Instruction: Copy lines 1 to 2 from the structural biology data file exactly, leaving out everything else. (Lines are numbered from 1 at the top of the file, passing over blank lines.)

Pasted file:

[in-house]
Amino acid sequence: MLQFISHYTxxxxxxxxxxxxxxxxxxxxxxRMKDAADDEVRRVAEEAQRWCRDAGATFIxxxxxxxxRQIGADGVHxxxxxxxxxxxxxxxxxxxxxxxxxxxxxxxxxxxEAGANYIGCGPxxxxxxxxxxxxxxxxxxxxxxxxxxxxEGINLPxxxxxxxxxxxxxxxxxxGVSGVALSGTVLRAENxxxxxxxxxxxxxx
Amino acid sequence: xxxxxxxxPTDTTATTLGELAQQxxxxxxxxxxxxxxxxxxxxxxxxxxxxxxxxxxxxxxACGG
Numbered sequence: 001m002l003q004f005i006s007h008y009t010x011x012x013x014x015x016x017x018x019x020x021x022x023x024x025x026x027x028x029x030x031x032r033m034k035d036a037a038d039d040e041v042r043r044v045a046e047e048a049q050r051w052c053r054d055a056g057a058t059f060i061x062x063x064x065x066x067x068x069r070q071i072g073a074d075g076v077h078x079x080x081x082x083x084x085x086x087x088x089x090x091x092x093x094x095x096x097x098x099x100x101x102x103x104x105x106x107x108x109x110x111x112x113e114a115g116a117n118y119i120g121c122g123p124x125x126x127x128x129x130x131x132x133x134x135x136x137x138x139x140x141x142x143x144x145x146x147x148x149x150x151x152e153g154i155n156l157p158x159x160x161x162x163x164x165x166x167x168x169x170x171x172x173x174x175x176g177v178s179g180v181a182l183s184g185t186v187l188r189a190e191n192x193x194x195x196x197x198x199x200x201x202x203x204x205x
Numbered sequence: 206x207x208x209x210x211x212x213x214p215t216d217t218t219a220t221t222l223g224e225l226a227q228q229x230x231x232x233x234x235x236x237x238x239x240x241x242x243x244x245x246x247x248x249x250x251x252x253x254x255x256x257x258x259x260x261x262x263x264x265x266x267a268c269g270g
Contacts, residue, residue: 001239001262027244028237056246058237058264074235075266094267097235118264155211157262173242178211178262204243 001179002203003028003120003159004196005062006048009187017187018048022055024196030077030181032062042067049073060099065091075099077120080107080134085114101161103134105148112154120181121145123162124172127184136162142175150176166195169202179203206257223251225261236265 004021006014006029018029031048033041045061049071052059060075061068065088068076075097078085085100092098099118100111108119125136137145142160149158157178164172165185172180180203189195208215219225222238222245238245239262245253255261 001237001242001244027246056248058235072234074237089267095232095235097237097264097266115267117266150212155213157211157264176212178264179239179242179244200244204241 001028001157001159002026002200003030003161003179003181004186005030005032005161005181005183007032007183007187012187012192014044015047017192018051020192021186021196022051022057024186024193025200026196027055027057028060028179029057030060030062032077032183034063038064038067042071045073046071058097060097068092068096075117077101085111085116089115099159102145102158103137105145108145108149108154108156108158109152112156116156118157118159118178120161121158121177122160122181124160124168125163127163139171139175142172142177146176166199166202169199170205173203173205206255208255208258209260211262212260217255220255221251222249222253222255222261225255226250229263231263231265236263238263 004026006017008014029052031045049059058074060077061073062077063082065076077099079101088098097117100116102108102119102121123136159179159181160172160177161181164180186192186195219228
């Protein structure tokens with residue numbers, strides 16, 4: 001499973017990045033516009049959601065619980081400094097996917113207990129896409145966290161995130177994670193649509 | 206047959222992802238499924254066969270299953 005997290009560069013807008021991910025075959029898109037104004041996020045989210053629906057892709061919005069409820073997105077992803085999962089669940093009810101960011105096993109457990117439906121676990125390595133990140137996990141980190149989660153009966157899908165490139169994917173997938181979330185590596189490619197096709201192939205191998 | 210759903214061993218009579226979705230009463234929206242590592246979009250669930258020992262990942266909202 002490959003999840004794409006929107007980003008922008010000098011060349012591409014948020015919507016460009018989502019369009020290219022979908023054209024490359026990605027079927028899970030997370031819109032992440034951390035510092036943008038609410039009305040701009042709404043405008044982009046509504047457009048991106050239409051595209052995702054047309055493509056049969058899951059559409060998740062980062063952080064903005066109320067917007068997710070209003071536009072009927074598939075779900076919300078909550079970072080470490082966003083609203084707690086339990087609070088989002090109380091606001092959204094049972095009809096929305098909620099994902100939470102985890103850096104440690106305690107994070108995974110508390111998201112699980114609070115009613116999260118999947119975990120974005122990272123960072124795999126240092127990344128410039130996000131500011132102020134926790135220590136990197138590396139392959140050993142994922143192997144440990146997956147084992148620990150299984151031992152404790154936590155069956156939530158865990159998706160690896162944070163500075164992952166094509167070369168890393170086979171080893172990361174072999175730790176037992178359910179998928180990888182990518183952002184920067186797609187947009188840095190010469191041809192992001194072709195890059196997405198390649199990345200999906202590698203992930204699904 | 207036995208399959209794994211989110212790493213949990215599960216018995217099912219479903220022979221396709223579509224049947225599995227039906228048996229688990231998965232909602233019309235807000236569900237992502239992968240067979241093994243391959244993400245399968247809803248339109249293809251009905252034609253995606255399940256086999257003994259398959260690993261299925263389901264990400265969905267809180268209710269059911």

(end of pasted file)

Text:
[in-house]
Amino acid sequence: MLQFISHYTxxxxxxxxxxxxxxxxxxxxxxRMKDAADDEVRRVAEEAQRWCRDAGATFIxxxxxxxxRQIGADGVHxxxxxxxxxxxxxxxxxxxxxxxxxxxxxxxxxxxEAGANYIGCGPxxxxxxxxxxxxxxxxxxxxxxxxxxxxEGINLPxxxxxxxxxxxxxxxxxxGVSGVALSGTVLRAENxxxxxxxxxxxxxx